Based on Es’kia Mphahlele’s short story, written in the midst of South African apartheid regime, The Suitcase follows a young married couple hoping and hunting for a better life. Originally placed and still set in the 1950s, Timi and Namhla leave their rural home for Durban, pursuing work in the city. United in their optimism and clearly in love, everything is new to the pair, and although there are no guarantees, once they obtain a flat and Timi begins the search for work, the future looks rosy.
Time passes and no work materialises. The apartheid regime has meant a jobless Durban, and gradually Timi’s optimism fades. The couple’s love becomes strained, and with little choice, they make plans to return to their village. When Timi sees a suitcase left on a train, he takes it for himself and his wife, hoping it will provide the big break in life they have been searching for.
Accompanied by music throughout, The Suitcase manages to bring you into its world with ease. Composed by Hugh Masekela, simple yet poignant arrangements of guitar and voice add beautifully to the energy on stage without ever taking over. The cast on the whole is strong, with special mention for the leads Siyabonga Caswell Thwala as Timi and Masasa Lindiwe Mbangeni as Namhla. It is perhaps the ultimate compliment that when Namhla sheds tears towards the end of the piece, much of the audience concurs. The piece is also beautifully directed by James Ngcobo, taking the audience through every mood from joy to sorrow, and allowing the story to flourish.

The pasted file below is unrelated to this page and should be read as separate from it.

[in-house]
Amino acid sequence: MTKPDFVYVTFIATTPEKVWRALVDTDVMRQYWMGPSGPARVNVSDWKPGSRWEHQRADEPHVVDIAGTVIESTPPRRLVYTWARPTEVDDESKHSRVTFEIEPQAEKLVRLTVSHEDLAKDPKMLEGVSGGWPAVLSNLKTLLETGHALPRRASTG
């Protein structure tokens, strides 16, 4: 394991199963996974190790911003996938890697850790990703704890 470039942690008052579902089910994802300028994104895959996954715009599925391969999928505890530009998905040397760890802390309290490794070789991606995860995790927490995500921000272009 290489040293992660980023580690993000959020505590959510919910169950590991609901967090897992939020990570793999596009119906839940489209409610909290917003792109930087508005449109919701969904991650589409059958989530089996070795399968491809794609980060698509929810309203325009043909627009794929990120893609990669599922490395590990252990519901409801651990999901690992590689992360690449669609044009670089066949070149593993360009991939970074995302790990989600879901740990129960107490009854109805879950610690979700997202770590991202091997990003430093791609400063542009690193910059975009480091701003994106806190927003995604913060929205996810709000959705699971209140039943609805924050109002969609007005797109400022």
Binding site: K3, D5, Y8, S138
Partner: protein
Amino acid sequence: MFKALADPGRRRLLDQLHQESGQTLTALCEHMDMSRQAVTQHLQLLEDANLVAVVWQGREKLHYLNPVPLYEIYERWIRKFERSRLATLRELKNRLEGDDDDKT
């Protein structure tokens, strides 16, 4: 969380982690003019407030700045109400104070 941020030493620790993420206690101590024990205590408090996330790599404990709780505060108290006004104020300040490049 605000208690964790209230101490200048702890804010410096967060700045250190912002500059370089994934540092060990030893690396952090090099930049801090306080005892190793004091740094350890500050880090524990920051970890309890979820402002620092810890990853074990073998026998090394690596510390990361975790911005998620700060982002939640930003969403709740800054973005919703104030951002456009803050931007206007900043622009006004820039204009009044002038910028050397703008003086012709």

The Suitcase may be set in apartheid-era South Africa, but its themes are universal. Timi and Namhla merely hope for a better life, and in spite of their efforts come up against a system not designed to allow anyone else to have a piece of the pie. Timi’s slow descent into despair is played to perfection, and the injustice caused by poverty and prejudice results in his arrest for stealing the suitcase. It is a classic case of society dealing with crime over causation, and until the political spectrum changes worldwide, The Suitcase will remain timely and relevant for all future generations.